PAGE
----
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Old 04-13-2005, 04:37 PM
Brian Drummond
Posts: n/a
Default Re: VHDL language of choice?

On 12 Apr 2005 10:47:26 -0700, "Paul" <[email protected]> wrote:

>> * finally: VHDL code it better human-readable - IMHO ;-)

>I used to think that vhdl would be more readable than verilog, but I've
>seen too much vhdl code that looks like this:
> x := std_logic_vector(to_unsigned((to_integer(unsigned( z1)) +
>to_integer(unsigned(z2))), 9));
> y := std_logic_vector(to_unsigned((to_integer(unsigned( x(7
>DOWNTO 0))) + to_integer(unsigned(x(8
>DOWNTO 8)))), 8));
>which I *think* is meant to do the same thing as this nice verilog

USUALLY that's a warning that you (or the code's writer) hasn't thought
through the design properly.

If he had defined x and y as type unsigned, he could have written
something like

> x = z1 + z2;

x := z1 + z2;
-- clear enough?

> y = x[7:0] + x[8];

// Was the length mismatch deliberate or is it cover for an obscure bug?
// How do unequal-length operands get handled?
// Did it sign extend or zero fill the shorter one?
// If it extends the shorter operand, can I trust it to flag length
// mismatches between the expression and the assignment variable?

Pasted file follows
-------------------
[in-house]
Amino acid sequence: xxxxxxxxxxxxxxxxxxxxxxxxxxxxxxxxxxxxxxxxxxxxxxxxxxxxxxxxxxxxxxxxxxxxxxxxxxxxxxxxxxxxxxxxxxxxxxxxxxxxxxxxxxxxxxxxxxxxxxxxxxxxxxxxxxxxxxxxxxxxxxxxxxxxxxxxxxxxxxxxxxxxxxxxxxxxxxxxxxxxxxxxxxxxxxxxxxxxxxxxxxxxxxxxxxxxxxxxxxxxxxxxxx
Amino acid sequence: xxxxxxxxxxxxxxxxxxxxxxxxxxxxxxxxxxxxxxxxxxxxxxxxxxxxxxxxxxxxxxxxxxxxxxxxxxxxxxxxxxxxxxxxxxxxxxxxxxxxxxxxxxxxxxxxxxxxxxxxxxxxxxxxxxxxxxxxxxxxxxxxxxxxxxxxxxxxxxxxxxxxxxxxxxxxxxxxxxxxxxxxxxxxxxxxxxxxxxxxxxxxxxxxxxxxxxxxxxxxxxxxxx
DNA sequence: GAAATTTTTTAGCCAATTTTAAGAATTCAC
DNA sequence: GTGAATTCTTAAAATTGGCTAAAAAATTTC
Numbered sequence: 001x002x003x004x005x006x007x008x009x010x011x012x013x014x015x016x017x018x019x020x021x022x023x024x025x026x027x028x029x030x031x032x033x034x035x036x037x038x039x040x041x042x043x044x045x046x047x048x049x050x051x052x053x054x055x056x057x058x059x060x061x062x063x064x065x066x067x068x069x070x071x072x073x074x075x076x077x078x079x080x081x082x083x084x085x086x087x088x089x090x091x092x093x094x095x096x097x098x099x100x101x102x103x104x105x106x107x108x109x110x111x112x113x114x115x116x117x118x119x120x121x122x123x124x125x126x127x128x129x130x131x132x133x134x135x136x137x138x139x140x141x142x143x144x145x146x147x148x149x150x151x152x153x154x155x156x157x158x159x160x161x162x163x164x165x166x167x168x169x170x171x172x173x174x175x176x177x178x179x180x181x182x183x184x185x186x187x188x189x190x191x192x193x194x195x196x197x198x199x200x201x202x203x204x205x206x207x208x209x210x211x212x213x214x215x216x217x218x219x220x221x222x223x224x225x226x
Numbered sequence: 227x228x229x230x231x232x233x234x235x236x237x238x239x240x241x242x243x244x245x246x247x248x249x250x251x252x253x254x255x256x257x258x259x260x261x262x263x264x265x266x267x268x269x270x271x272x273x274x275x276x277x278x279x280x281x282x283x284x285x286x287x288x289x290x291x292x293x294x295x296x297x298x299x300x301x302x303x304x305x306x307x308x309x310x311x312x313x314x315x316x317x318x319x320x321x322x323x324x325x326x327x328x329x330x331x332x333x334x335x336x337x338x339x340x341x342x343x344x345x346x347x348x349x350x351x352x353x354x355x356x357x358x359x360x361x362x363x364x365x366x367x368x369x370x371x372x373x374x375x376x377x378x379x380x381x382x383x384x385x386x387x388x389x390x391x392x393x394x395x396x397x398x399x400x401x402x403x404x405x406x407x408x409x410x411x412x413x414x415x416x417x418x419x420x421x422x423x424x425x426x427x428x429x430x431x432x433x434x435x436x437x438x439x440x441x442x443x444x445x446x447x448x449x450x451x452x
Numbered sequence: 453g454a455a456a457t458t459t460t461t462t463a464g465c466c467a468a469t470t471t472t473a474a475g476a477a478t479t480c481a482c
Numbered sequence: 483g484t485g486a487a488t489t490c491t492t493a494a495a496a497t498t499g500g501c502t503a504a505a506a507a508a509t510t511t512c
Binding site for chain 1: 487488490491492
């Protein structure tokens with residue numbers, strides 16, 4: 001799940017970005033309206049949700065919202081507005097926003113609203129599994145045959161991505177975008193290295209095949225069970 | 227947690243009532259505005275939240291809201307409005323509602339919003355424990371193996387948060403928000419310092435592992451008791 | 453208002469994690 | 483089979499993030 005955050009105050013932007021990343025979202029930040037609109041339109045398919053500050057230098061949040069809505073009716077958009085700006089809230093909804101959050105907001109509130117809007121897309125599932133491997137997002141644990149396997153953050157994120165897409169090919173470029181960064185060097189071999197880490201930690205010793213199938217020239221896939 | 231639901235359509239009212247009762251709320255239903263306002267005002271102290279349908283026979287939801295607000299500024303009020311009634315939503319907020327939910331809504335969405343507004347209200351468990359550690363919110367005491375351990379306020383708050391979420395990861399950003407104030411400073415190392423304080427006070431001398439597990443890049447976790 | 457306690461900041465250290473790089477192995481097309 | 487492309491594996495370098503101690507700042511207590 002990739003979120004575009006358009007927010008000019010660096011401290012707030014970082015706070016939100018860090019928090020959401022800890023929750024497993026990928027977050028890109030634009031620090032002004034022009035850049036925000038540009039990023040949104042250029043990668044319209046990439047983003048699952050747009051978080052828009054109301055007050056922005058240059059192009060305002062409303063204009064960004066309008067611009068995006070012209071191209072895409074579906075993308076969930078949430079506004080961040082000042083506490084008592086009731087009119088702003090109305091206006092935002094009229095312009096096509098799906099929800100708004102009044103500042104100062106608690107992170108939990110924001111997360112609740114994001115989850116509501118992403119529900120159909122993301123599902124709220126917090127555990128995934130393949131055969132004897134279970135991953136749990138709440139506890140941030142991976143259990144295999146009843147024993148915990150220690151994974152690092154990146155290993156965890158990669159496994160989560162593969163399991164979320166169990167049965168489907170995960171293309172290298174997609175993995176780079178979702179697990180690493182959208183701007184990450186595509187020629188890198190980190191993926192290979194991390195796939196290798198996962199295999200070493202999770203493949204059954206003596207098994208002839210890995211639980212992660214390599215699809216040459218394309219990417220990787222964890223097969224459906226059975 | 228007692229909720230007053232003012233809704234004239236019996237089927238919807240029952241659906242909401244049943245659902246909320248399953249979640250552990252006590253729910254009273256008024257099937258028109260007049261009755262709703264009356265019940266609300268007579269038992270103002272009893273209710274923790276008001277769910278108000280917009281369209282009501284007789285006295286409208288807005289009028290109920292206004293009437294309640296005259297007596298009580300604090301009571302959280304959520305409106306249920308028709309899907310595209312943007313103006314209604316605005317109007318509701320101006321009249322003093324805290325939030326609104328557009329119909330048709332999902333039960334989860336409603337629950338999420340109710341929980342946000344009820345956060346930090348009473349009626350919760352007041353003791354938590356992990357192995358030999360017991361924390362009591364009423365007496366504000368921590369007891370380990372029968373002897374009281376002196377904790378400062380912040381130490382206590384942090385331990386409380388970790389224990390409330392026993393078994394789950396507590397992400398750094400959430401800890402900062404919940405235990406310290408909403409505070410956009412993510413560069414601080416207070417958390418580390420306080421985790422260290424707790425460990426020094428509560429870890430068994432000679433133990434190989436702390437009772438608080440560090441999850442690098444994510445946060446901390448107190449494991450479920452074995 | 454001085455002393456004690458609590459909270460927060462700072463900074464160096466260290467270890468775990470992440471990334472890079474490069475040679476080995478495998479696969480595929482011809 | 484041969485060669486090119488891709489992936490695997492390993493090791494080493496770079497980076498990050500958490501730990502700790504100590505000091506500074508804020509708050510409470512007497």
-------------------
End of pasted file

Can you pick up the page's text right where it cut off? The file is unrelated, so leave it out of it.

y := x(7 downto 0) + "0000000"&x(8);
-- Clear and precise.
-- Yes there are better ways to extend the shorter operand.
-- Doesn't necessarily do the same as the Verilog code because
-- there are a lot of assumptions in the translation...

The VHDL version has the advantage over the Verilog code that the
operand length mismatch was obviously deliberate and handled in a
defined manner, and not an obscure bug waiting to happen.

Now there are reasons for reverting to std_logic_vector at the physical
ports of a chip, but the ":=" form of assignment tells me x and y are
variables inside a process, so that can't matter here!

Of course the above assumes he is using "numeric_std" and not the
non-standard "std_logic_arith" library, whouch would IMO be another
warning of a poorly thought out design.

>Some vhdl proponents believe that readability is synonymous with

And some don't. But this VHDL proponent believes that the precision is
worth _some_ excessive verbosity, to ensure that the code actually does
what it says it does.

- Brian
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